Those rumors were put to rest when she married HRH Prince Ernst August V of Hanover in a civil ceremony in Monaco on January 23, 1999. A religious ceremony followed a few days later in Germany though it was agreed that Princess Caroline would not renounce her Catholic faith and that any children would be raised in the Catholic Church. All of this required the couple to receive the permission of H.M. Queen Elizabeth II of Great Britain before they could wed. The current line of the British Royal Family being the former monarchs of Hanover, the Queen is still the senior member of the family and by marrying a Catholic princess, Prince Ernst August would lose his rights of succession to the British throne. Of course, the Queen had no objection and the marriage went through without incident. The royal titles of Hanover are not recognized by the Federal Republic of Germany but the Principality of Monaco does so and Princess Caroline is therefore Her Royal Highness the Princess of Hanover, technically the only royal member of her family. On July 20, 1999 Princess Caroline gave birth to the only child of the couple, Princess Alexandra of Hanover, in Austria.

In 2002 changes in the succession laws of Monaco made Princess Caroline heir to the throne, and her children after her, in the absence of any legitimate issue by Prince Albert II; giving Caroline the title of Hereditary Princess of Monaco. She continues to enjoy the admiration of the people of Monaco and her many adoring fans around the world, however, she has also in recent years had to share some attention with her children, particularly Andrea and Charlotte whose good looks have ensured their place on mountains of magazine covers. Princess Caroline has tried to protect her privacy, and that of her family, as best she can and in 2004 actually won a lawsuit against Germany for violating her privacy in the European Court of Human Rights.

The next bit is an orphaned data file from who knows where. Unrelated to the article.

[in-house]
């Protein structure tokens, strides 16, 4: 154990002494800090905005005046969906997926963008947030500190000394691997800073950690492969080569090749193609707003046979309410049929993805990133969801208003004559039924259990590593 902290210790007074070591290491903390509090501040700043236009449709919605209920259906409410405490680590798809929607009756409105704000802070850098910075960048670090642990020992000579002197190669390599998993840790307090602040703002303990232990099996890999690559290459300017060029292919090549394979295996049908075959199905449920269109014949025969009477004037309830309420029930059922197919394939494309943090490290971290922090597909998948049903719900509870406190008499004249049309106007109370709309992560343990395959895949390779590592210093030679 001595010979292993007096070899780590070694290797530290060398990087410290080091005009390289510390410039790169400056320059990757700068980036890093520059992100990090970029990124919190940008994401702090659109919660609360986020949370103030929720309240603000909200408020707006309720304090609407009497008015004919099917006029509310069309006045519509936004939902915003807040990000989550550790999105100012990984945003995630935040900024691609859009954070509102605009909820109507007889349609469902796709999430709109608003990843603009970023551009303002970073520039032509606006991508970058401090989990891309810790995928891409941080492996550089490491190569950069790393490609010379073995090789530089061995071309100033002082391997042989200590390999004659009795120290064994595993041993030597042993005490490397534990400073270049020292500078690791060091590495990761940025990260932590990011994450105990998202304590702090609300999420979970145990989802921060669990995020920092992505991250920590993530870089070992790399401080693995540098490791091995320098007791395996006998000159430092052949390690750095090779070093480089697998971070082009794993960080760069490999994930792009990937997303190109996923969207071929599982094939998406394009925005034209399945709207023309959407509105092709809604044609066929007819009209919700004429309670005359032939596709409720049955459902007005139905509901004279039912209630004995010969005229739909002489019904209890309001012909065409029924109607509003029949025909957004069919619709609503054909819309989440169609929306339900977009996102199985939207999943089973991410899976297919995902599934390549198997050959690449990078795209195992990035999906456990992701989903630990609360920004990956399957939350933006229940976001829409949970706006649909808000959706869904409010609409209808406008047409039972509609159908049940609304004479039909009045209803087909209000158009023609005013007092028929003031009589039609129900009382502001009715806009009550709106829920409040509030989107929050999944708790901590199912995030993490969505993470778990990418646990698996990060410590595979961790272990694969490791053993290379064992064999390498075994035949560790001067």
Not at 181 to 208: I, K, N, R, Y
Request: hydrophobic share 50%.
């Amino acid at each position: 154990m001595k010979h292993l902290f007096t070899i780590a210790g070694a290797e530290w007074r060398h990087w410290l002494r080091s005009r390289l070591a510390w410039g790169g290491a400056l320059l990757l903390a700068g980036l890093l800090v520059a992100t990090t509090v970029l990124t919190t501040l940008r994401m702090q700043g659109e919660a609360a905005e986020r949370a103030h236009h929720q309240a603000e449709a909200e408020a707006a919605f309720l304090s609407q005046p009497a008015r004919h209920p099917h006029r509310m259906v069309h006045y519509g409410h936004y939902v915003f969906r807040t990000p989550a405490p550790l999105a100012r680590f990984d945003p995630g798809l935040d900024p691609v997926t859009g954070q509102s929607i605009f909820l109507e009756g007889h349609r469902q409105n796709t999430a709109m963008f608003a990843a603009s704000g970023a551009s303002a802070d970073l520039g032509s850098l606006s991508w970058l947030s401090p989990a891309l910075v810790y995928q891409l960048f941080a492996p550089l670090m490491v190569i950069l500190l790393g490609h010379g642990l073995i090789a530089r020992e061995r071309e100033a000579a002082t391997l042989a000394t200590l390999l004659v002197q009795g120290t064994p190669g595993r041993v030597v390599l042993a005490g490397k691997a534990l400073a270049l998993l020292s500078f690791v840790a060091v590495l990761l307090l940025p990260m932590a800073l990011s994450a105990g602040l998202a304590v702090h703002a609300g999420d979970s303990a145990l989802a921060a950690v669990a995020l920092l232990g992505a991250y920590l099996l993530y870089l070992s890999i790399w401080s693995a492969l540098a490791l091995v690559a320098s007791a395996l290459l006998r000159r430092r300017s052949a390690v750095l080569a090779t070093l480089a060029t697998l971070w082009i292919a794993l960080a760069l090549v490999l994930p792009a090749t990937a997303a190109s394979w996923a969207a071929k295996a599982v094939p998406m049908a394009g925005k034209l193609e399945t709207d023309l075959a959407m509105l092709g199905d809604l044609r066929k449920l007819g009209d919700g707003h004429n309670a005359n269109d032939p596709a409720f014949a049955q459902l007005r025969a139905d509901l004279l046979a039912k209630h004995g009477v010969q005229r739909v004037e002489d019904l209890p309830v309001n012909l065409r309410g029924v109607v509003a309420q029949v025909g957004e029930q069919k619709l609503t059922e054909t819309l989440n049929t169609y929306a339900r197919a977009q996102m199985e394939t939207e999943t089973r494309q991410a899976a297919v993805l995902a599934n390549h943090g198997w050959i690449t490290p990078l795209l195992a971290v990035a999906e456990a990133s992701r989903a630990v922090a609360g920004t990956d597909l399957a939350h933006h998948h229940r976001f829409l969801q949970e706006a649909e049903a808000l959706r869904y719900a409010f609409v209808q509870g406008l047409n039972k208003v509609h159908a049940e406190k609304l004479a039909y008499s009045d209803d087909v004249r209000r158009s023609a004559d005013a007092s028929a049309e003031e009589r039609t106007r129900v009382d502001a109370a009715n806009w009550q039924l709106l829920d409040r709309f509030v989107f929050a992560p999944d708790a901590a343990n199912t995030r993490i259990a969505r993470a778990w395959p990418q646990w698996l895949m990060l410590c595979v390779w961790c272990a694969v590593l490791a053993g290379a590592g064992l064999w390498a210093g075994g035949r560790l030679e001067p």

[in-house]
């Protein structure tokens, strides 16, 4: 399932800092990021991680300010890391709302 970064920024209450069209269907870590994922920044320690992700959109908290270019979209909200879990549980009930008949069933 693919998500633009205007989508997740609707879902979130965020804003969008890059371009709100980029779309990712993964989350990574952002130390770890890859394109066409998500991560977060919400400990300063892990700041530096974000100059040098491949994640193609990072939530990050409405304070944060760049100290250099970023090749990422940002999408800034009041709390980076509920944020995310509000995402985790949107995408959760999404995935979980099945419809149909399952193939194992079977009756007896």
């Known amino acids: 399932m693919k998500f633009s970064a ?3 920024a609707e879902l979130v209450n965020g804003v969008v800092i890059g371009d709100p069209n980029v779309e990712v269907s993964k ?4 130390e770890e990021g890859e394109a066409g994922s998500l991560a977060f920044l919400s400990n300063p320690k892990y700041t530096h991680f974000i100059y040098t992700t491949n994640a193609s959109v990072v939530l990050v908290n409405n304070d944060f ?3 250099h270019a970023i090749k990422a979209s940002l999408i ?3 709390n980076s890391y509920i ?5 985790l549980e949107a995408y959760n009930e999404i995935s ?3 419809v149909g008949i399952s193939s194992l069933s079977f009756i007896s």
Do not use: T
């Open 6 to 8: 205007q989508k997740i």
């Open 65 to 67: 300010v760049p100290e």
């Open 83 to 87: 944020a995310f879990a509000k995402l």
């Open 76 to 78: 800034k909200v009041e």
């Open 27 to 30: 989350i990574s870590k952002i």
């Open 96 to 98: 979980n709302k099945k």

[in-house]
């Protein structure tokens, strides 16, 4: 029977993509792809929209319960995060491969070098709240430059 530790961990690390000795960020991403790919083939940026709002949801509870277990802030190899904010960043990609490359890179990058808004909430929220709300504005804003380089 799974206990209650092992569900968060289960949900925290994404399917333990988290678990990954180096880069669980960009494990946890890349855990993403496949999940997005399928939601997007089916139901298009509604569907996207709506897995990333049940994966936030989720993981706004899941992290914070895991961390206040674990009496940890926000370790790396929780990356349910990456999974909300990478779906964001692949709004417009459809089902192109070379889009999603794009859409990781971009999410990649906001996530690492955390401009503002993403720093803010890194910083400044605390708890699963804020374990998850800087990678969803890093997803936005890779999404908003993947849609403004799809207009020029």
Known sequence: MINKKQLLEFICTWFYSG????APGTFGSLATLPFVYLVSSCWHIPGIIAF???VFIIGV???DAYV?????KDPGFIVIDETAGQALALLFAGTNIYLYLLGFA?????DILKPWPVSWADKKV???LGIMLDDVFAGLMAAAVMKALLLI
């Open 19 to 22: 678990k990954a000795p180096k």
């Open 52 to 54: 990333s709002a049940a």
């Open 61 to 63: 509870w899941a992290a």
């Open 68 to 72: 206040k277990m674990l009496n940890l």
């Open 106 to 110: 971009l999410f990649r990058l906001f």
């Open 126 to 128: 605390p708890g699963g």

In spite of the less glamorous consequences of her royal status Princess Caroline has carried on doing her duty and has been recognized for her work on numerous occasions. In 2005 she was made a Dame Commander of the Order of Cultural Merit for support and encouragement of the arts in Monaco and in 2006 she was given the Children's Champion Award by UNICEF for her years of charitable work on behalf of children around the world. She also continues to be the President of the Princess Grace Foundation, the Prince Pierre Foundation and numerous other organizations. She continues to be active in all of these areas and last year was guest of honor at a special dinner to raise money for the children of the African nation of Niger. Through it all there are few who could not be impressed with the life of Princess Caroline, the hardships she has endured, the obstacles she has overcome and the unmatched devotion she has displayed to her people, her country and countless less fortunate around the world.


  1. Despide her hardships the Princess has truly led a blessed life.

    Something for all the young women of not only Monaco, but all of Europe to emulate.

  2. Although I was happy for Albert II when he got married, I confess that I was a little dismayed by the thought that Princess Caroline might find herself slipping down the line of succession again.

    1. I don't think Princess Caroline was dismayed at all. Some years ago in an interview she said she prayed fervently for her brother to marry and have children so that the pressure would be off of her and her family. She knows it would be no easy job.